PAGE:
Next up was Agunandagirl (pronounced A Gun and a Girl), the first ever collection created by the duo Gun Franzen (designer) and Lotta Signeul (PR and communications). The name alludes to Gun and Lotta, but also to French filmmaker Jean Luc Godard's reply to the question of what makes a good film: “All you need is a Gun and a Girl." It is all meant to stand for courage, individuality and timeless beauty, which translated into an homage to none other than Grace Jones! Referencing aside, I was happy enough to hear the soundtrack of Grace Jones: Slave to the Rhythm sampled with Nina Hagen’s African Roots. There were, of course, a few hooded pieces and a sharp trouser suit that showed some promise. Best of all was a gray Montana-like, strong-shouldered dress, worn with long plum leather gloves. There was a cute denim-like overall, which was more romper suit than jumpsuit, and a little out of context. On leaving the show we were handed a leaflet of well-styled and -shot images of the collection, which had clearly benefited from subtle lighting and some retouching that a show can never provide—proving my point exactly.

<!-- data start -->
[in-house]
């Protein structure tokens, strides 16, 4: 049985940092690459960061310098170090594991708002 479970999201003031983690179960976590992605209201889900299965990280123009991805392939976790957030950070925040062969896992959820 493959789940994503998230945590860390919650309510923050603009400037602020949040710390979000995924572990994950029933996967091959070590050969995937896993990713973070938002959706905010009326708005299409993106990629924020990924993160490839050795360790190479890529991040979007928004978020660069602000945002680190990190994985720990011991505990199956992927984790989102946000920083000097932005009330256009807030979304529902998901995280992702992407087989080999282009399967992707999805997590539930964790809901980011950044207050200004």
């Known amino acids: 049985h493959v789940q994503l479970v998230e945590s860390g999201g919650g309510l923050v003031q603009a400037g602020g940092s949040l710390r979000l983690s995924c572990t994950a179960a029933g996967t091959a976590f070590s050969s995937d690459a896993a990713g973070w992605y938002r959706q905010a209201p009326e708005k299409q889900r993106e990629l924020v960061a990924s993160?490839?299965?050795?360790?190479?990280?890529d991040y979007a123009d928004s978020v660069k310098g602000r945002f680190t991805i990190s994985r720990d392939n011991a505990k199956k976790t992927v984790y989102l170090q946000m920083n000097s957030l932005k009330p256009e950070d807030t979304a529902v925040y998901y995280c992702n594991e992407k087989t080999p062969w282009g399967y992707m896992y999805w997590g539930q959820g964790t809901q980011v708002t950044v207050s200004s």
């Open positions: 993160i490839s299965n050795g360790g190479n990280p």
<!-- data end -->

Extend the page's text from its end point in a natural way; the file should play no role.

The brief interludes between shows were often more entertaining. The men, naturally, enthralled me, particularly by how impeccably they dressed, showing courage with color (reflected soon after in the Whyred show). I noticed, among the more typical palette of khaki, black, navy, gray and white, men in skinny ankle-grazing lavender and bright red trousers, worn with sock-less shoes. Meanwhile, some narrow suits were worn with open leather sandals. Floppy bow ties, a la Lanvin, and flowers were pinned to the jacket lapels of young men, with short cropped or asymmetric haircuts. But really, THE accessory du jour among men, and NEVER women, were angelic-looking babies carried confidently in their arms or pushed in strollers. I counted at least five, including the man in the lavender trousers!